Spring Puttanesca with Linguine Pasta

  • 1-pound uncooked linguine
  • 2 spring onions, or 6 green onions
  • 1/2 cup olive oil
  • 6 large garlic cloves, thinly sliced
  • 1-ounce flat anchovy fillets in olive oil
  • 1/4 cup capers, drained
  • 2 teaspoons Calabrian chiles, in oil
  • 1/2 cup dry white wine
  • 1/2 cup Castelvetrano olives, pitted, coarsely chopped
  • 3 cups loosely packed baby arugula
  • 1/2 cup loosely packed fresh parsley, chopped
  • Additional olive oil for serving

Bring a large saucepan filled with water to a boil. Add in 2 tablespoons of salt and the linguine, stirring to keep the pasta from sticking together. Cook for 2 minutes less than the time listed on the pasta package. Reserve 1 cup of pasta water, then drain. Set aside.

While the pasta cooks, thinly slice the spring onions, separating the bulbs from the greens. Thinly slice the garlic, chop the olives and the parsley. Set aside. Measure out all other ingredients as the cooking process moves quickly. Best to be ready with each ingredient.

Working with a large high-sided pan, such as a Dutch oven, oven medium heat, add in the olive oil, cooking for 1 minute. Add in the prepared onion bulbs, garlic, anchovies, drained capers, and chilis, stirring to combine, cooking for about 3-5 minutes, until the anchovies have melted in, and the onions begin to soften. Increase the heat to medium-high, add the wine, stirring often, cooking for 2-3 minutes until the wine is nearly evaporated. Stir in the olives and onion greens stirring often until heated through, about 2 minutes.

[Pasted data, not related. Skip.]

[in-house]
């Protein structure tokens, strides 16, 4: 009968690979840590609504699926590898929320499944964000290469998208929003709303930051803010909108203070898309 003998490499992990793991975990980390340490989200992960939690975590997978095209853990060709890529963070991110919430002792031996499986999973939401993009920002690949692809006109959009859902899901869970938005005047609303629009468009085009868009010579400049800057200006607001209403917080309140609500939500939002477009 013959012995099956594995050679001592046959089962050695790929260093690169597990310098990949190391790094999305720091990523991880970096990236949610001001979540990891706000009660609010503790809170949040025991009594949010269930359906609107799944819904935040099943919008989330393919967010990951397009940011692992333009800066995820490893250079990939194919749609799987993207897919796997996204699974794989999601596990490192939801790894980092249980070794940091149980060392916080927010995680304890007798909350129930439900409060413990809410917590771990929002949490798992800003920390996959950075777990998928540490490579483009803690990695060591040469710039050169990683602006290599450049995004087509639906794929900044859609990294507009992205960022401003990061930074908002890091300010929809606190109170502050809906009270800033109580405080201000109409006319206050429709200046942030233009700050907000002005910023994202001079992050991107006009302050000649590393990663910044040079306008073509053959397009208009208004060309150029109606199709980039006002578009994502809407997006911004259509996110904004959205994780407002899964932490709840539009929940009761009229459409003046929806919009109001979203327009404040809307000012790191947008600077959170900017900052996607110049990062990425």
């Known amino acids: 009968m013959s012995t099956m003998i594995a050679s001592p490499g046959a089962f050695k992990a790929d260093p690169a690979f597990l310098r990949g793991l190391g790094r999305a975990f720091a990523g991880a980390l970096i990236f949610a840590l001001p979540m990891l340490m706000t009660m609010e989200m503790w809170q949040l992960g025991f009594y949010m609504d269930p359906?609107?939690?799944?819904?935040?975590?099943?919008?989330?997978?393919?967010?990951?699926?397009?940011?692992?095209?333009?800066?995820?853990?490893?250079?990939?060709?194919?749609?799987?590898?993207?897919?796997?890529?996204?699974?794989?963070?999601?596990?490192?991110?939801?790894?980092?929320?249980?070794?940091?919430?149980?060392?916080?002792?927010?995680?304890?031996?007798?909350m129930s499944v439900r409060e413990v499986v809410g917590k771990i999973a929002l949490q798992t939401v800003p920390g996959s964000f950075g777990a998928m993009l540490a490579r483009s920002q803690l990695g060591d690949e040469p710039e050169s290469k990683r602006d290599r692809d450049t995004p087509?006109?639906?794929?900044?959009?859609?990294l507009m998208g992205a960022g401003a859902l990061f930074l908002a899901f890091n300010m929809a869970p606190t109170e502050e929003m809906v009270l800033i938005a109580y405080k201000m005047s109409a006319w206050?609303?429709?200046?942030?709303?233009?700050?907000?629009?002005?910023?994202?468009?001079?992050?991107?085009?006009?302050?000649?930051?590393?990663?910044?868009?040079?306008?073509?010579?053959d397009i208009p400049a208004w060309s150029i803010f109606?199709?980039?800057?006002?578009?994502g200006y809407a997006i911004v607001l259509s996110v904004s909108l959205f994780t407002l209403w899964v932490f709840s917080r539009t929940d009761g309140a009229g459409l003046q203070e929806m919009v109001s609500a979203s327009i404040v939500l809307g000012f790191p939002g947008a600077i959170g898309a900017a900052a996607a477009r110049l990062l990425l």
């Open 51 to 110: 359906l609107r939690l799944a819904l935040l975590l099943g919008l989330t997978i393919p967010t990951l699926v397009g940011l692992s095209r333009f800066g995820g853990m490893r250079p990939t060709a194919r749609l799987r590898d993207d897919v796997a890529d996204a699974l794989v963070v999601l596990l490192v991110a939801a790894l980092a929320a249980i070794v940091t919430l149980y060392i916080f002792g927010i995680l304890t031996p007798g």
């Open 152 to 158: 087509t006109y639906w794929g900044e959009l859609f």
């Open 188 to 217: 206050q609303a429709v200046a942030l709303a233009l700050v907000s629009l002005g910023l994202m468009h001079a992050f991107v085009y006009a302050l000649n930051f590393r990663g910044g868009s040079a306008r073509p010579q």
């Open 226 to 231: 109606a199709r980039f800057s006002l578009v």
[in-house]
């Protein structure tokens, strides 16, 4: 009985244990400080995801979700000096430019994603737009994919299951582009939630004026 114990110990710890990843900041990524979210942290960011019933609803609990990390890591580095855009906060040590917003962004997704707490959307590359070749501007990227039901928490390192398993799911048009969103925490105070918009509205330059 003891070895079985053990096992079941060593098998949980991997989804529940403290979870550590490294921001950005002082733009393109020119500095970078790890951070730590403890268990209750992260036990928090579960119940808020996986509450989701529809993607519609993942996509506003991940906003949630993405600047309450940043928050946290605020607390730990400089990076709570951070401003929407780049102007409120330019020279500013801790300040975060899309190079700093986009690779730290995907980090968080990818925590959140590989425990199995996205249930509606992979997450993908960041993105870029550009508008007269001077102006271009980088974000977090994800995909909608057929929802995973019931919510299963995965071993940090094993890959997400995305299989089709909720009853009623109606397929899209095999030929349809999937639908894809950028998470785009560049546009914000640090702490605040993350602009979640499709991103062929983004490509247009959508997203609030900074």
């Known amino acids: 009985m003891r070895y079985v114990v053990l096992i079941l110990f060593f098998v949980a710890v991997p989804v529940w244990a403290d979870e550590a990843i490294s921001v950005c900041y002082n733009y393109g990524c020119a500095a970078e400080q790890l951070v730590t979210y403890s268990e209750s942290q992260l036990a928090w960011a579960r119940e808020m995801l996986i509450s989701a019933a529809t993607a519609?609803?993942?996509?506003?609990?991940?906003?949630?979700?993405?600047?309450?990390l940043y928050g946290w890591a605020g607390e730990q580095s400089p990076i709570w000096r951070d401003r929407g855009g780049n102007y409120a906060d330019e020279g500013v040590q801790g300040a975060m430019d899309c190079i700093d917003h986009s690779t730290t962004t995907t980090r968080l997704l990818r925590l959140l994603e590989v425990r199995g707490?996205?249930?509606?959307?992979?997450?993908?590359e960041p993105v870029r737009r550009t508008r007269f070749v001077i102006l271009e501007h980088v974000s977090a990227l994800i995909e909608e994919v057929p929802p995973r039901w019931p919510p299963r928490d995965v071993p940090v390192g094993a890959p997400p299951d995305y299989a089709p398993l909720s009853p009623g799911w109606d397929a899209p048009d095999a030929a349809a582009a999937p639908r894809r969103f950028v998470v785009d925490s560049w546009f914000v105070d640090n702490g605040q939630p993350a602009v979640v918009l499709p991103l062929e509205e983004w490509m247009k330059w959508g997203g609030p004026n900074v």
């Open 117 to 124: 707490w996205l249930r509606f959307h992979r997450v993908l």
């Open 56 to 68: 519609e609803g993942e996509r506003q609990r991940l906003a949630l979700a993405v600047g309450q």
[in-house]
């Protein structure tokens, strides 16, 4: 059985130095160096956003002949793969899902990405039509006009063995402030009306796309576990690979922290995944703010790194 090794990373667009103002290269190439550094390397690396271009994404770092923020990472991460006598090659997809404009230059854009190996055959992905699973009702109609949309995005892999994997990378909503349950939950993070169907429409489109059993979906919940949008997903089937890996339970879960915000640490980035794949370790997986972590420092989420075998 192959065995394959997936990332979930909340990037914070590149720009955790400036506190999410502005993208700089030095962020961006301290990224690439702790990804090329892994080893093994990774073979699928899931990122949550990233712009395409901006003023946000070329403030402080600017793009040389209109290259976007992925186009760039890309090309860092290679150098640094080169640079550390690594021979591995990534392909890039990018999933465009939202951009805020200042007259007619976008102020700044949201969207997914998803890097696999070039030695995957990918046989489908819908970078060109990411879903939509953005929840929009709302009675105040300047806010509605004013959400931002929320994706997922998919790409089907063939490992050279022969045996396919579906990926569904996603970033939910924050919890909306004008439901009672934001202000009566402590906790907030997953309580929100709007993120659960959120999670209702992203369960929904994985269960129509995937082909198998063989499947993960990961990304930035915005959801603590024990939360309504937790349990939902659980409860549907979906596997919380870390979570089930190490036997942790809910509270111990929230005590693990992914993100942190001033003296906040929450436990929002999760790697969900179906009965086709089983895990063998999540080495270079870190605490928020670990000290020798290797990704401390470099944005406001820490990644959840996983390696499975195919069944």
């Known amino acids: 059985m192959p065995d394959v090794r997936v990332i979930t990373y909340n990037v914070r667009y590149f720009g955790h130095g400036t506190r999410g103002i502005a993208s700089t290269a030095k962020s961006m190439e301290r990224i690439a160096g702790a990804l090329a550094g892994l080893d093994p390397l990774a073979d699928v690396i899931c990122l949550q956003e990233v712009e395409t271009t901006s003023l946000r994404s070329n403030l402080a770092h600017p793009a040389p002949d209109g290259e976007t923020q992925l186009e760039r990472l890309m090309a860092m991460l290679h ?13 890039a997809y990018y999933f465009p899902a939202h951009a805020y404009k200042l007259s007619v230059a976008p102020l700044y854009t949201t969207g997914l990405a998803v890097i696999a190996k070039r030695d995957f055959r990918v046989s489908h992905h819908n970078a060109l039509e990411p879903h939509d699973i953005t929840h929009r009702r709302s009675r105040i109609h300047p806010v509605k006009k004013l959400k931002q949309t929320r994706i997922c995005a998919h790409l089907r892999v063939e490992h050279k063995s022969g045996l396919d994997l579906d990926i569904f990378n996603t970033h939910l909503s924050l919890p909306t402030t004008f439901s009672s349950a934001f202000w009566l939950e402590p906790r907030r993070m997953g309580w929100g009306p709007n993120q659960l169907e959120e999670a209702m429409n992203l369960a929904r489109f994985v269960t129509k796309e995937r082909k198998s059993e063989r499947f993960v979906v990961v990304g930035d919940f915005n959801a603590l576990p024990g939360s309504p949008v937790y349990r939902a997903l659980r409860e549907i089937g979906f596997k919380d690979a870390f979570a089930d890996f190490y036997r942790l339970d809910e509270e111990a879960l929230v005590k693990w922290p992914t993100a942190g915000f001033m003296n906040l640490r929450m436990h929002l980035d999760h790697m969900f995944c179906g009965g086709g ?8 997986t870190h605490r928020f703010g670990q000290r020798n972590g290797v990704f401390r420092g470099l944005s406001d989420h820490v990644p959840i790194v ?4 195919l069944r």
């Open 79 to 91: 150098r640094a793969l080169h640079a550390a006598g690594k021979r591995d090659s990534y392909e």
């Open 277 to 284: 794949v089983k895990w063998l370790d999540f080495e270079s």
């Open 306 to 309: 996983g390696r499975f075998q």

Add in the pre-cooked linguine, reserved pasta water, tossing to combine, simmer for 3-4 minutes. Off the heat, fold in the arugula and parsley, allowing the pasta to absorb the water, about 3-5 minutes. Divide among the serving bowls, drizzle a bit more olive oil on top and serve.

Classic puttanesca is traditionally made with big bold flavors, most always including tomatoes, anchovies, capers, olives, onions, garlic, and Calabrian chilies. Always fragrant and enticing in so many ways.  This recipe brings a lighter Spring version without the tomatoes, but with the same alluring aroma and rich flavor it is known for.

Puttanesca Pasta is simple to make and said to have originated from Naples, possibly dating back to the mid-20th century, or earlier. Explanations for the origin of the name are many. However, the modern name of this preparation refers to pasta ‘prepared as it comes’, meaning that is made with items readily available in any Italian pantry. This is the beauty of Puttanesca Pasta in that all the ingredients can be found on our Market shelves, ready to fill your Italian pantry for an easy go-to dinner that is quick to bring to the table.

Recipe: Cindy Ramsey

Photo: Cindy Ramsey

This Entry Was Posted in Pasta